What you will notice is that the throttle is a little more reactive in the Astor, which gives the impression that the engine has more low-end grunt, but doesn't feel as eager to rev. In another surprise, our tests show that all three are actually neck-to-neck in roll-on performance, despite the quicker DSG shifts, and that may actually be that the 'box can be a little reluctant to downshift unless you step on it, perhaps in the interest of fuel economy. In terms of outright performance too, the Astor is only about half a second behind, though it "feels" slower. It's a similar story in our fuel efficiency tests where the Astor wasn't too far behind in the numbers, and under test conditions which sees us drive like anyone regularly would. However, we did see the range and fuel gauge drop quicker than the other two when driven in our "shoot" conditions which sees a lot of full throttle runs for the camera. We've already seen that the 1.5 TSI can be more fuel efficient than even the 1.0 TSI, and it would appear that there still is no replacement for displacement even in the turbo-petrol era, at leat as far as real-world efficiency is concerned.
MG Astor vs Skoda Kushaq vs VW Taigun - Ride and handling
The German twins start to pull back, and quite convincingly too. The way the chassis and suspension is tuned on both the Kushaq and the Taigun make for an overall more comfortable ride, though they are both more stiffly sprung. Confused? You see, the Astor has more compliance built in, and soaks up bumps at low speed better. But it also seems to have a touch more rebound than necessary, effectively meaning it gently bobs after climbing speed breakers, or over undulations at any speed, which makes the overall ride feel springy. And as anyone can attest, "like a spring" isn't how you want to be driving down the road. The bump absorption on the Kushaq and Taigun actually gets better as the speeds increase.
However, strangely, the steering doesn't weigh up near enough at speed, though the steering on the Taigun felt just that little bit more finely tuned than the Kushaq's. Here, the Astor actually comes out ahead, in offering drive modes for the steering only. Even in its lightest urban mode, it's still better weighted than the twins, though in its dynamic mode, it feels a little too heavy and resistant to light inputs for my liking. That said, the steering can sometimes feel a little ponderous compared to the quickness of the rack on the Kushaq and Taigun.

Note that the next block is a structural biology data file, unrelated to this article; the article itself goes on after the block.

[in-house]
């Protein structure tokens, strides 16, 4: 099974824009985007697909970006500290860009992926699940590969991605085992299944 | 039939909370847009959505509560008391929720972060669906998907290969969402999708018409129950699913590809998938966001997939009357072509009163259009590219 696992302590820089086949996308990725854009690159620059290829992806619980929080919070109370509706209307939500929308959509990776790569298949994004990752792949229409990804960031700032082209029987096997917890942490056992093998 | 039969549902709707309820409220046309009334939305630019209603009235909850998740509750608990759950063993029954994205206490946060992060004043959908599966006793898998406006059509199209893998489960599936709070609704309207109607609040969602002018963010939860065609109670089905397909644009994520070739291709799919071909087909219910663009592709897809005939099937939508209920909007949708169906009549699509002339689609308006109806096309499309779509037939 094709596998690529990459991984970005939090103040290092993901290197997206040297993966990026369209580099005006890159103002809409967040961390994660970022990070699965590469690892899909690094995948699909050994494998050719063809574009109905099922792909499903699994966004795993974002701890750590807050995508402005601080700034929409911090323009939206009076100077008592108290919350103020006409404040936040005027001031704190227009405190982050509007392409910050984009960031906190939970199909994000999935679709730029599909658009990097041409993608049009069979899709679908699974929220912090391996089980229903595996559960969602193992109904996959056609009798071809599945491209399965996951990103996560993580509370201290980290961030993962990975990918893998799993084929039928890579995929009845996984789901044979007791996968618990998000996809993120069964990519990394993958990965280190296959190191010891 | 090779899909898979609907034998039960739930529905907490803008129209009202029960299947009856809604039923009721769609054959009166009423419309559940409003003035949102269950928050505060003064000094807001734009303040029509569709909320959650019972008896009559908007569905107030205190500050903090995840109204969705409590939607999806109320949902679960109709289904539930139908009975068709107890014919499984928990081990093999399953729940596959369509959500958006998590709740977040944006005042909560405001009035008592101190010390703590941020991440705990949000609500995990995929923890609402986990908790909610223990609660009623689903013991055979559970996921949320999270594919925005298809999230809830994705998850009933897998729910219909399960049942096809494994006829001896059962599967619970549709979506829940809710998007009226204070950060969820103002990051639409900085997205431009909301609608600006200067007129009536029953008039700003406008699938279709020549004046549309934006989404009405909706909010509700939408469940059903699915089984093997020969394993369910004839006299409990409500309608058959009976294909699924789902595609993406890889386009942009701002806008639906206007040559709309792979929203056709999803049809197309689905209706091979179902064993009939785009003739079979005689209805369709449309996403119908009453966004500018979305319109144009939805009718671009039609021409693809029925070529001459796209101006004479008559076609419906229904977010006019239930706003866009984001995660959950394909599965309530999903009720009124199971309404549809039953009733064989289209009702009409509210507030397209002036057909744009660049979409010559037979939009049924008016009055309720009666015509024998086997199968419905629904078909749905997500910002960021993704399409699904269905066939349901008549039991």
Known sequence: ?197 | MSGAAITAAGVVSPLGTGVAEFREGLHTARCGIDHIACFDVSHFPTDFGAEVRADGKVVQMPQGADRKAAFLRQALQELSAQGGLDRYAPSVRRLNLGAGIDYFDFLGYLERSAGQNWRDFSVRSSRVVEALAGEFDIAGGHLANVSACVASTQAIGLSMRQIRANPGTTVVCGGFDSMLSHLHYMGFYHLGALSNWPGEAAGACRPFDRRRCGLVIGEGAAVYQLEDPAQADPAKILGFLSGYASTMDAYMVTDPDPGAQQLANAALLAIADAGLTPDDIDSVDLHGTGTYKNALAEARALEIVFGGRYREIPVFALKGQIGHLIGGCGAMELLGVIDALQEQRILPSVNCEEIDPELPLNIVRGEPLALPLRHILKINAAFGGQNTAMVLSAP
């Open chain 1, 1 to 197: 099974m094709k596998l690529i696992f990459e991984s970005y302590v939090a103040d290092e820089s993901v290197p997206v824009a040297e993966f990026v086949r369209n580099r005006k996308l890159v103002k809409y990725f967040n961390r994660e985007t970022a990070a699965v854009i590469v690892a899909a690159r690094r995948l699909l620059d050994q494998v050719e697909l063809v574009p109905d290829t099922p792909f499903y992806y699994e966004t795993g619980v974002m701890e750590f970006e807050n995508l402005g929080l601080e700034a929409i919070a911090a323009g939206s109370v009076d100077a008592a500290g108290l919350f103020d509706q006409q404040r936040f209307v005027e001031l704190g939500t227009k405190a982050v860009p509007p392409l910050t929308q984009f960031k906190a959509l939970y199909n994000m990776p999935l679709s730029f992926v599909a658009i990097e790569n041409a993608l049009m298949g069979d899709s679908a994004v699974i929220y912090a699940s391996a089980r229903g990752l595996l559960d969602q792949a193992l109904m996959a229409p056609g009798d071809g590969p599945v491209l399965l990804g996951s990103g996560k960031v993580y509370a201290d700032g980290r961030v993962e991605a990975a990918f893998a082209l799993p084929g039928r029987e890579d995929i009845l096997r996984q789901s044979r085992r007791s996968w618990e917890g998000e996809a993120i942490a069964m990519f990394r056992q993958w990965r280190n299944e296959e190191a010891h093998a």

Show these crossovers a corner, and it feels like it's the Taigun that holds its line the most confidently, though the Kushaq isn't necessarily more prone to lean or roll. Perhaps it's my preference for the steering in the Taigun that shows through. On the other end, the Astor does exhibit the more lean and roll, heavily taking a set on its front outside tyres when you attack a corner, or even take tight corners at a more relaxed pace. And despite the Astor's huge advantage of all around disc brakes, there was no significant improvement in its braking distances or times, though pedal feel could perhaps be described as more consistent and confidence inspiring.
MG Astor vs Skoda Kushaq vs VW Taigun - Verdict
The fact that the VW Taigun came out a little after the Skoda Kushaq could explain the fact that it feels ever so slightly better engineered in a few areas, despite the fact that we know they're essentially the same. And for me, the fact that it's fundamentally a better driving car than the MG Astor makes it my choice, as well as everyone else who drove the three during the course of this test. But there's also no denying that the Astor makes a compelling case if you aren't terribly fussed about the minutiae of the driving experience - it's what we would call "good enough" under most circumstances.
Photography by Anis Shaikh